Monday, March 5, 2018

Headless Kit Build: First Six Tru-Oil Coats

I'm about a day and six coats into Tru-Oil application. Five on the back and one on the sides. That seems like a lot of coats for just over 24 hours. Especially considering I was not home most of today. But with thin enough coats (just a few drops) it is possible to re-apply every three hours or so. As soon as the last coat is no longer tacky. I enjoy this approach because it means even on a workday between the morning and the evening I get at least two, maybe three chances to spend 5-6 minutes moving the project forward. In a busy week, I'm still able to make a lot of visible progress with less than an hour of time to put into it.

Here's a bottle of Tru-Oil. The big bottles like this are a slightly better value but unfortunately because Tru-Oil does thicken and get hard as it is in contact with oxygen if you don't use it fast, all sorts of bad things happen. The texture changes. It yellows a bit more (might not be bad, depending on what you're going for). And you get "crusty attacks" all around the cap. Little critters that jump off the bottle onto your project.
So I definitely recommend making a very tiny hole in the foil gap and to slow this process. It also helps to avoid pouring out too much of the oil.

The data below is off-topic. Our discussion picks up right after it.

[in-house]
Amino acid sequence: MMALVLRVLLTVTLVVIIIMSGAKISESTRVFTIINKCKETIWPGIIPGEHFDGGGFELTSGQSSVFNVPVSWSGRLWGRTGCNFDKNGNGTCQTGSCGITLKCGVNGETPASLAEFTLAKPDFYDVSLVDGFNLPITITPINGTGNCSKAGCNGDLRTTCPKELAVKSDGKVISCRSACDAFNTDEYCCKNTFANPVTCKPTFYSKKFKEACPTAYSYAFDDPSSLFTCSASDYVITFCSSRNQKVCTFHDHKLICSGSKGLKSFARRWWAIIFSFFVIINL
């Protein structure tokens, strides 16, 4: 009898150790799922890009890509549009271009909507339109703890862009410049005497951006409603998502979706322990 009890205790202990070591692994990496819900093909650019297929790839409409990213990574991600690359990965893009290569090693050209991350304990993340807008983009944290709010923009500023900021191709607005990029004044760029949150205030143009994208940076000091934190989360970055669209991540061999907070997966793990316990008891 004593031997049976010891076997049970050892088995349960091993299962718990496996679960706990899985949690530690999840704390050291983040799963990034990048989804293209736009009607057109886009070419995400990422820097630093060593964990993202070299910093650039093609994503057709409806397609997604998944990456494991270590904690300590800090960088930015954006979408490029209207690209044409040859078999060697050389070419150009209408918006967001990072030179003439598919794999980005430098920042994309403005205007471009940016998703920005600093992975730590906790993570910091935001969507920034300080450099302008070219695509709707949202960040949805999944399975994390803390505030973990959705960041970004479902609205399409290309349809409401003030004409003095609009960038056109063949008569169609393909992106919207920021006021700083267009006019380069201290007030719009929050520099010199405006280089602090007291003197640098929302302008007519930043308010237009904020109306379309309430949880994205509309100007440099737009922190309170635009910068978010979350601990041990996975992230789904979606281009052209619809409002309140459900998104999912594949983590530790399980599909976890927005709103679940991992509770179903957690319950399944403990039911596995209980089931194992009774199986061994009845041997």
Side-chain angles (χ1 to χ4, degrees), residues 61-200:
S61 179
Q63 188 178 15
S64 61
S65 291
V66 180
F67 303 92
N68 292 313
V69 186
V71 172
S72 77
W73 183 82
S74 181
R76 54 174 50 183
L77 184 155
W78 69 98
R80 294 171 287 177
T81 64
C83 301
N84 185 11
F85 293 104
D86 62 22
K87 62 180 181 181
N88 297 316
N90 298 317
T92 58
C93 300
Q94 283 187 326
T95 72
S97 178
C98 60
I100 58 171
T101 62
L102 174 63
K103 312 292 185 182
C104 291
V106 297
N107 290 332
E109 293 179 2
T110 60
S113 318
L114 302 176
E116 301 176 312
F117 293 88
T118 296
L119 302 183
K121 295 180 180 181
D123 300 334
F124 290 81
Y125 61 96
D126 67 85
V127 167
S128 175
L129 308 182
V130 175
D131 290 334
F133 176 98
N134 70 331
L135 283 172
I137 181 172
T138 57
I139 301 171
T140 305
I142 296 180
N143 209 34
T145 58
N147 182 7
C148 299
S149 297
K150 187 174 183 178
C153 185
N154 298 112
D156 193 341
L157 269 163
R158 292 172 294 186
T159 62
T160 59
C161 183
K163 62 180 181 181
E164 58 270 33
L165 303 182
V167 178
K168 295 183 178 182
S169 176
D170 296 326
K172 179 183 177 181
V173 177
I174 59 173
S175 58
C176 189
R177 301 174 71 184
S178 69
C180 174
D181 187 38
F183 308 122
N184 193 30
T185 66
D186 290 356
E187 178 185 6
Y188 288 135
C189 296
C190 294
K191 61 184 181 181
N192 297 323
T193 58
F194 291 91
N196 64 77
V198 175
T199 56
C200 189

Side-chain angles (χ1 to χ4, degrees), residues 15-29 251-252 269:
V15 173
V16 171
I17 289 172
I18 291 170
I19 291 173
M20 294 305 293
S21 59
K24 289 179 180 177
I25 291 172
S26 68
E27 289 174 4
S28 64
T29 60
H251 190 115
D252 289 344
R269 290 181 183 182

In this case, the hole I made was actually a little too big. I use cheap coffee filters (like the ones from Duane Reade) to apply Tru-Oil. I have read that some people use specific filters like Melitta natural browns. I tried a few kinds. And in the end, the finer filters fall apart too quickly on me and I end up needing to sand fibers out of the finish after a few coats. The brittle white paper ones are perfect to fold over a few times and sturdy enough to not come apart against the surface while spreading oil around.
Here are the first five coats on the back.
 And finally, tonight I started around the sides.
As this moves along I'm going to need to start wet sanding the oil level as it builds up. This will dull the finish a little but the goal is to get it thick enough and flat enough that we can go back and buff it out later. The key thing is that the thinner each coat is, the less work there is sanding out mistakes later. Another big problem is dust getting onto the sticky oil as it hardens. That is unavoidable in a small workspace. More sanding. More patience.

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